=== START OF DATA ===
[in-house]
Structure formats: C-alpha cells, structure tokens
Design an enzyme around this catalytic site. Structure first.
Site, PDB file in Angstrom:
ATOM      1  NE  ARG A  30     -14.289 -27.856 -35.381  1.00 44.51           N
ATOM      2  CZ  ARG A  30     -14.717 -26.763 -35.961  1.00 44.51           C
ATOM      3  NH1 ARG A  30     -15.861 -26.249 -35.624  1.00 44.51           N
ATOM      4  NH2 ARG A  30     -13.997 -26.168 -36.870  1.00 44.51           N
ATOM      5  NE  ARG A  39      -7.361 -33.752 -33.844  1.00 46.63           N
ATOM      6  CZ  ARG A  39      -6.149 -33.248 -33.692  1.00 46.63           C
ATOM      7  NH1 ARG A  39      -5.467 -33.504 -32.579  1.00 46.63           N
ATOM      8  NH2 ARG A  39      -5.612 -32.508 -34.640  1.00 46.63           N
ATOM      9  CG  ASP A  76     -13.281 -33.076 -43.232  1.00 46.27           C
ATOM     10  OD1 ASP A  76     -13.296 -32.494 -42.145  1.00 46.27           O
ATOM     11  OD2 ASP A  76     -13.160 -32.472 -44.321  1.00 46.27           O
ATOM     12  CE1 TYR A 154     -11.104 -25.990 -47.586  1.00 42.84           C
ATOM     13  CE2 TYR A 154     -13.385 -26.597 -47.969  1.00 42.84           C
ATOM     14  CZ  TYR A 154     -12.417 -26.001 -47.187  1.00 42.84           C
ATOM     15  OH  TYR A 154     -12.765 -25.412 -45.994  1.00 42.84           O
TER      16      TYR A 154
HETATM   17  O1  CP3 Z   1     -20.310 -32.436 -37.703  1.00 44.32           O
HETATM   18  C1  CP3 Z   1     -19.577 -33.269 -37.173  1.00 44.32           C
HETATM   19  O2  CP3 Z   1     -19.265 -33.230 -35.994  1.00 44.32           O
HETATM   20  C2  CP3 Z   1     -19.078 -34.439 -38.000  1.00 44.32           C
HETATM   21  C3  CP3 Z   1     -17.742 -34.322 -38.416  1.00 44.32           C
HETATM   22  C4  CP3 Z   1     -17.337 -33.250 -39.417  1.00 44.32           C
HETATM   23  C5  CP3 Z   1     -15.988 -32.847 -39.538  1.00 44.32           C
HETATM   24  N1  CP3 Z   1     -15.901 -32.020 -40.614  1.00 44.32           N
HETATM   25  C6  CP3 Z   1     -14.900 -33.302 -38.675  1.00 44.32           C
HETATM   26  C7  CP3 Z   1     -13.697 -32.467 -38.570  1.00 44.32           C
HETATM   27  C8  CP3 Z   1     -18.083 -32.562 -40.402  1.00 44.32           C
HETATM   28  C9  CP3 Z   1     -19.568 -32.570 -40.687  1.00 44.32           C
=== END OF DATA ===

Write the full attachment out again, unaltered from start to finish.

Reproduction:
[in-house]
Structure formats: C-alpha cells, structure tokens
Design an enzyme around this catalytic site. Structure first.
Site, PDB file in Angstrom:
ATOM      1  NE  ARG A  30     -14.289 -27.856 -35.381  1.00 44.51           N
ATOM      2  CZ  ARG A  30     -14.717 -26.763 -35.961  1.00 44.51           C
ATOM      3  NH1 ARG A  30     -15.861 -26.249 -35.624  1.00 44.51           N
ATOM      4  NH2 ARG A  30     -13.997 -26.168 -36.870  1.00 44.51           N
ATOM      5  NE  ARG A  39      -7.361 -33.752 -33.844  1.00 46.63           N
ATOM      6  CZ  ARG A  39      -6.149 -33.248 -33.692  1.00 46.63           C
ATOM      7  NH1 ARG A  39      -5.467 -33.504 -32.579  1.00 46.63           N
ATOM      8  NH2 ARG A  39      -5.612 -32.508 -34.640  1.00 46.63           N
ATOM      9  CG  ASP A  76     -13.281 -33.076 -43.232  1.00 46.27           C
ATOM     10  OD1 ASP A  76     -13.296 -32.494 -42.145  1.00 46.27           O
ATOM     11  OD2 ASP A  76     -13.160 -32.472 -44.321  1.00 46.27           O
ATOM     12  CE1 TYR A 154     -11.104 -25.990 -47.586  1.00 42.84           C
ATOM     13  CE2 TYR A 154     -13.385 -26.597 -47.969  1.00 42.84           C
ATOM     14  CZ  TYR A 154     -12.417 -26.001 -47.187  1.00 42.84           C
ATOM     15  OH  TYR A 154     -12.765 -25.412 -45.994  1.00 42.84           O
TER      16      TYR A 154
HETATM   17  O1  CP3 Z   1     -20.310 -32.436 -37.703  1.00 44.32           O
HETATM   18  C1  CP3 Z   1     -19.577 -33.269 -37.173  1.00 44.32           C
HETATM   19  O2  CP3 Z   1     -19.265 -33.230 -35.994  1.00 44.32           O
HETATM   20  C2  CP3 Z   1     -19.078 -34.439 -38.000  1.00 44.32           C
HETATM   21  C3  CP3 Z   1     -17.742 -34.322 -38.416  1.00 44.32           C
HETATM   22  C4  CP3 Z   1     -17.337 -33.250 -39.417  1.00 44.32           C
HETATM   23  C5  CP3 Z   1     -15.988 -32.847 -39.538  1.00 44.32           C
HETATM   24  N1  CP3 Z   1     -15.901 -32.020 -40.614  1.00 44.32           N
HETATM   25  C6  CP3 Z   1     -14.900 -33.302 -38.675  1.00 44.32           C
HETATM   26  C7  CP3 Z   1     -13.697 -32.467 -38.570  1.00 44.32           C
HETATM   27  C8  CP3 Z   1     -18.083 -32.562 -40.402  1.00 44.32           C
HETATM   28  C9  CP3 Z   1     -19.568 -32.570 -40.687  1.00 44.32           C